I think there were far more who actually used stirrups in battle that felt they were important and gave an advantage, based on this. I'd take their word over a few people who fell a Roman saddle is a secure seat.

I also do not believe in entirety the idea that the stirrup was one of the 3 most important military innovations of all time. I do however feel there is an advantage in using stirrups, how big of a role this played is my real question.

Quote:
One could argue that Roman shields were larger and Roman helmets covered better. Plus some Romans were wearing greaves, while leg armor is very rare on Normans (William and 2 or 3 of his buddies, according to the Tapestry). But it's possible that not all Roman cavalry was armored, so I won't argue the point too strenuously. BUT the Romans would still have been trained to act as a cohesive force, not really the case with William's cavalry.


Romans did not use the scutum on horse - they most often used oval or round shields no better than a kite shield, if not worse in coverage. As far as head armour, coifs were not used by classical romans from what I have seen, and a coif with nasal helm covers much of the face. Plus Romans may not have worn as heavy of quilting under their armour, though this is debateable.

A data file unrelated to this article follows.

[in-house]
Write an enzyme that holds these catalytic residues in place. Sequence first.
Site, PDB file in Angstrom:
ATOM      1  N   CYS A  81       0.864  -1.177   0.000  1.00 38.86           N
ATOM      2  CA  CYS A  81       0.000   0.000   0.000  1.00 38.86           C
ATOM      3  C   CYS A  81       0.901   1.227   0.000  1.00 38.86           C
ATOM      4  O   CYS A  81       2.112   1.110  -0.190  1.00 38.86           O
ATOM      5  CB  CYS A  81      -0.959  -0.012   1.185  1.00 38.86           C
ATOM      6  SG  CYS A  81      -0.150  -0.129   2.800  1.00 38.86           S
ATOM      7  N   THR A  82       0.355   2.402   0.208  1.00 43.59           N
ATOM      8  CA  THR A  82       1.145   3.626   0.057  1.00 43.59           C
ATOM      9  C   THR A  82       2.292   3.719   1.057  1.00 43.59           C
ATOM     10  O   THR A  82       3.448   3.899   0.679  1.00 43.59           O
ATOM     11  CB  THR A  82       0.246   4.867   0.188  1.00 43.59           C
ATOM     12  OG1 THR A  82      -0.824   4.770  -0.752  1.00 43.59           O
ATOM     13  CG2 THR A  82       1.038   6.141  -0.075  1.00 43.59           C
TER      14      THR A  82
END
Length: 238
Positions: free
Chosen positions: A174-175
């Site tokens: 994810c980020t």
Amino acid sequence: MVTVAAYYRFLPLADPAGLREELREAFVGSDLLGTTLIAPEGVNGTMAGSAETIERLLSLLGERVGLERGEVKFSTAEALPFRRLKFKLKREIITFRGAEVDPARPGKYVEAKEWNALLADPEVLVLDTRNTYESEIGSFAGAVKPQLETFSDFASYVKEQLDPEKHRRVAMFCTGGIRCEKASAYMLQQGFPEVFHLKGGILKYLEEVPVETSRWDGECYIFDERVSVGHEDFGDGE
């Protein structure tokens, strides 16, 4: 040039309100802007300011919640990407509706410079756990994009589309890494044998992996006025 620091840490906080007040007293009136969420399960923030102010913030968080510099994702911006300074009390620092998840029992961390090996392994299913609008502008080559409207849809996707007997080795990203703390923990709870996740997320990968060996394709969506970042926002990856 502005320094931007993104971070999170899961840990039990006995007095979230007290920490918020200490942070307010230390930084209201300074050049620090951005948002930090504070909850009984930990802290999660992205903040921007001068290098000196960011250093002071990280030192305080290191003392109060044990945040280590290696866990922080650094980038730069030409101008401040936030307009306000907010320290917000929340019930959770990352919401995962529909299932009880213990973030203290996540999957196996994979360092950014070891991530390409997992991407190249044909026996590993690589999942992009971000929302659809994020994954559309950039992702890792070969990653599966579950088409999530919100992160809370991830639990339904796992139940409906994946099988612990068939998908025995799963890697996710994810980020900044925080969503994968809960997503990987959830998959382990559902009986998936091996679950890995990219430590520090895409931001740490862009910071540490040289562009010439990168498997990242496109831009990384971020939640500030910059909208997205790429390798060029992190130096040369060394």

But I don't see giving the Romans a big advantage in cavalry training. This was the strength of the Normans, and he act the were able to pull off feigned flght shows a ood mark in their favor, and this was not the only battle in which the did so. They also perfomed well against trained professional armies fo the times, the Byzantines in Italy, so I would be very careul in assuming the Normans t be not well trained.

Quote:
epends a lot on the mix of auxiliaries available. Hmm, yeah, might have overshot my numbers a little, but I'd still say your minimum is probably too low


Looked up a list of roman auxilliares for the entrie army around 150 AD - the auxilliaries were about 33% cavalry. THere were more cavalry units, but the were smaller than the infantry ones. A few things I've read puts legionairres at about 90% infantry. The auxilliary numbers were from a bit later time when Rome was moving more towards a cavalry force also.